(App)licable: How mobile apps can grow your practice and improve client experience
CVC educator Bash Halow, LVT, CVPM, sat down with veterinary app developers Stacee Santi, DVM, of Vet2Pet; Mark Olcott, DVM, of VitusVet; and Sam Schopler of PetDesk for a virtual roundtable on the value of veterinary apps.
Halow: Each of you has reliable, straightforward data on your veterinary app’s ability to effectively connect clinics with clients. Want to share?
Dr. Santi: I’ll start. We partnered with Colorado State University professor Lori Kogan, PhD, to anonymously interview 610 pet owners. More than half preferred an app to a phone for making appointments, checking clinic hours, looking for veterinary information and accessing medical information. Imagine a world where calls for those services are reduced by half or more? How much more time does that give your customer service representatives to genuinely connect with clients?
Dr. Olcott: Each company represented here succeeds at getting at least 30 percent of any practice’s clients to download their respective app, which is much higher than websites or other older communication tools of the past. Each of us tracks our users’ behaviors (when they use the app, what they use it for and so forth). We see a net increase in appointments and refills that is demonstrably not from cannibalizing one channel in favor of another.
Schopler: And communications sent through apps are four times more likely to be read by clients than communications sent by email. That means that roughly 90 percent of veterinary clients read the communications sent to them through apps. This isn’t anecdotal—it’s data that’s been gathered through the apps themselves.
Schopler: Our app helps practices coordinate all communication on one dashboard. Apps can eliminate the need to confirm appointments and can remind clients to follow through with recommendations.
Dr. Santi: Practices that add a client loyalty program to the app see an increase of $10 per average client transaction and one more visit per client after that client earns whatever reward is offered in the program. The potential is there to earn tens of thousands in additional revenue and to build better client relationships.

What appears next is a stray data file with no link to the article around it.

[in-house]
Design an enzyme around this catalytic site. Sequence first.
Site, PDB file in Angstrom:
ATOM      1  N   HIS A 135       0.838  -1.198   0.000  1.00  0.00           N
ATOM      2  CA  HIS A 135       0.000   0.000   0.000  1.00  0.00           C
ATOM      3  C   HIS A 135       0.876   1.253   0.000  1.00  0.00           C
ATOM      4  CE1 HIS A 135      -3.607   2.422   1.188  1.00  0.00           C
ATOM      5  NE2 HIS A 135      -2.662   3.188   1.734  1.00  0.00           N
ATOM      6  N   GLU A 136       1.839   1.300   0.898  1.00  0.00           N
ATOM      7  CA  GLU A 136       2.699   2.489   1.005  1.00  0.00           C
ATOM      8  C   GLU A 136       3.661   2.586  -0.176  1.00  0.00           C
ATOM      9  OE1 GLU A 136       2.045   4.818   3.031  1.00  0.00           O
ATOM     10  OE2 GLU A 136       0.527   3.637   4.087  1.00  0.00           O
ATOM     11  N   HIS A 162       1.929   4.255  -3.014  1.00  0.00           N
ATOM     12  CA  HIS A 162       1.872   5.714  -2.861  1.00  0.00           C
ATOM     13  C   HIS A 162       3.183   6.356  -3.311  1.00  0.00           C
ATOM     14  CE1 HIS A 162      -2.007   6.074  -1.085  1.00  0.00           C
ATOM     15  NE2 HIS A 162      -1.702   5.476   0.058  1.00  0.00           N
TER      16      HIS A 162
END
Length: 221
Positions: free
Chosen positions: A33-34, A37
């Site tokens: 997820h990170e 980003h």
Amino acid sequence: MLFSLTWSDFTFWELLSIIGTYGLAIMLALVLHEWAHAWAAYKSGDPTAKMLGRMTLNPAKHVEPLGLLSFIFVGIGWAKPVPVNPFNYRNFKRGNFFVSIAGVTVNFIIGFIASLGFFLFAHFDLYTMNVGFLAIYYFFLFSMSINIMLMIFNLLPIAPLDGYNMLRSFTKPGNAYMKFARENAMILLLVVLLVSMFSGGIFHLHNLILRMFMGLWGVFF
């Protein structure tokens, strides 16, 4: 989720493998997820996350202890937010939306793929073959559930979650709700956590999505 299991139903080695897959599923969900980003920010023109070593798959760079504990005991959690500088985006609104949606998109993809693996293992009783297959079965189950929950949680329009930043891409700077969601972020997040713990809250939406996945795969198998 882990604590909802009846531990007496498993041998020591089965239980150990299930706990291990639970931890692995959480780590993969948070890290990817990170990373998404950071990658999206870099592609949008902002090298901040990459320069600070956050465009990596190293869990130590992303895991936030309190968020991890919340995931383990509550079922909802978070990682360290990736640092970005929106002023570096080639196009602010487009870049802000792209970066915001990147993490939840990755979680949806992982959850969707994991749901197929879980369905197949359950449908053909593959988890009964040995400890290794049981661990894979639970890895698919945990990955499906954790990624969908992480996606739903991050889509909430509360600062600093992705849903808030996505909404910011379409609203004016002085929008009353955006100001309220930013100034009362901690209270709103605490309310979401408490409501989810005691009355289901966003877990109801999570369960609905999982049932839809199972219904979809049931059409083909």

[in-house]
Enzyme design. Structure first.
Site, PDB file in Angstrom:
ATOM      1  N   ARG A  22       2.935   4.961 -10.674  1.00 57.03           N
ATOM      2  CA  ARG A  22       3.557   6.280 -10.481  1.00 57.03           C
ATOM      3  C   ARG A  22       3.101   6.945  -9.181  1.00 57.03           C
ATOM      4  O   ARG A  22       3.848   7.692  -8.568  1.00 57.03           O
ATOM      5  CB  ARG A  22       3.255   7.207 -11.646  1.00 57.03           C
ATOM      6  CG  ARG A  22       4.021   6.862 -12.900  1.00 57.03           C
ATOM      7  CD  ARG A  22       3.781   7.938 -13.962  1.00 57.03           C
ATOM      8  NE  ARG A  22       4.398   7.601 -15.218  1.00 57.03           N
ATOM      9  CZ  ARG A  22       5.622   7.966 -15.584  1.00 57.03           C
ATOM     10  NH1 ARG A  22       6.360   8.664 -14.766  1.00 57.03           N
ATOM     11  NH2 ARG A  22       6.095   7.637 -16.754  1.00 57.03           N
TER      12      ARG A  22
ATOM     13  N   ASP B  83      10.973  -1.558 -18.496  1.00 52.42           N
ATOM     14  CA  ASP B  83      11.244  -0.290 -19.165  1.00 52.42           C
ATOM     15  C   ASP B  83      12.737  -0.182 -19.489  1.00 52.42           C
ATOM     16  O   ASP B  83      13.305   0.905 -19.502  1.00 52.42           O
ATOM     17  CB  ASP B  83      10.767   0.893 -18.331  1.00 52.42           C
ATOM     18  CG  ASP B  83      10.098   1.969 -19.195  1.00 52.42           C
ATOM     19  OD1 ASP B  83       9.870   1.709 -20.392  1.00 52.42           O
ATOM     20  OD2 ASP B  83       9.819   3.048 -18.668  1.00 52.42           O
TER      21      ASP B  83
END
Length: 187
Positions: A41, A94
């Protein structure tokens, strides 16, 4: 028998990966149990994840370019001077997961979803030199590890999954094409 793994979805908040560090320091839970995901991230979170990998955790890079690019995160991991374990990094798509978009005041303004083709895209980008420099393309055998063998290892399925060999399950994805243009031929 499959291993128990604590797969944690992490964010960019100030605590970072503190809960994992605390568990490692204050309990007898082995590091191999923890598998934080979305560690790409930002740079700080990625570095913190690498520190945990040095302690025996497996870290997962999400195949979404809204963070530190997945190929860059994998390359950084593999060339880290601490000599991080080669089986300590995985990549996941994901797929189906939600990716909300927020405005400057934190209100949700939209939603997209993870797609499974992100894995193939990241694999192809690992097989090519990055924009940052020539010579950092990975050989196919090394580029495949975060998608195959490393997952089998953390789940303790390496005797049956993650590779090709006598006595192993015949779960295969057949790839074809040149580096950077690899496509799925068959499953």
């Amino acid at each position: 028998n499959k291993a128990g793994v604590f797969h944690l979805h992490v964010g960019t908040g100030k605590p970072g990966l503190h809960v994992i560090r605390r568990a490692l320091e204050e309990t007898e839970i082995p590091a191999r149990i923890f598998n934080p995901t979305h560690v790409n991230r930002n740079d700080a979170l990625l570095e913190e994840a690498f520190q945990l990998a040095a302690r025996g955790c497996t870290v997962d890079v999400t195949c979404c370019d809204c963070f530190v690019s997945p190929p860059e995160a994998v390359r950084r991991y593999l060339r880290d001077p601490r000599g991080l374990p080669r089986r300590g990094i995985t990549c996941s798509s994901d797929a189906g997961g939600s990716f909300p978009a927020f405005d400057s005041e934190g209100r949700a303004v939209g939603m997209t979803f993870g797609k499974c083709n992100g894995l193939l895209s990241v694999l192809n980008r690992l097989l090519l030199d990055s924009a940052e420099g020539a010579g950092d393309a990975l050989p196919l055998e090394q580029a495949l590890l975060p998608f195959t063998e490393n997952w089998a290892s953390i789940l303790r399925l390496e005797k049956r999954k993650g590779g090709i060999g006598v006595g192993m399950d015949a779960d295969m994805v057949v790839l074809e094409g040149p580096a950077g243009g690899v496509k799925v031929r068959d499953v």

Dr. Olcott: Veterinarians often don’t realize this, but our profession is still highly dependent on the phone at a time when consumers don’t really want to talk on the phone. Apps effectively automate refills, the scheduling of appointments and the many kinds of client communication we need to provide. That automation frees up your customer service representatives to do the things they joined your practice to do in the first place: directly interact with clients and pets. So let’s get their eyes off the computer screen and their ears off the phone and focus both where they’re likely to make the most impact: on our clients.
Dr. Santi: Imagine a world where you could reach out to all clients who own a Labrador with a specific message about the dangers of obesity or to all Maltese owners with a reminder that the discounts you offer during National Dental Health Month are perfect for their dogs. Apps provide a more customized way to talk to your clients that deepens your relationship with them.
Dr. Olcott: They can also provide instant access to a pet’s medical records. That transparency improves the clients’ loyalty and trust in the practice.
Schopler: Smart devices are in everyone’s hands these days, and you now have a chance to put a message on that device’s screen—one that will be read and most likely acted on. That message can be a helpful reminder or a link that allows clients a fast, easy way to follow through with a recommendation.
Dr. Olcott: According to one study, more than 60 percent of pet owners think of their pets as family members. Apps can be a place where that family member's information is organized, personalized and kept on hand.
Dr. Santi: Once they download the app, one out of every three pet owners continues to interact with it and use it. That’s a regular reminder of you, your team, your services and how much you care.
Dr. Olcott: Mobile presence is the next piece of “real estate” that practices need. Ten years ago it was a website. Five years ago it was a Facebook page. But now I ask, “What’s your mobile strategy? How are you going to leverage this powerful channel to engage clients, improve patient care and make the door swing?”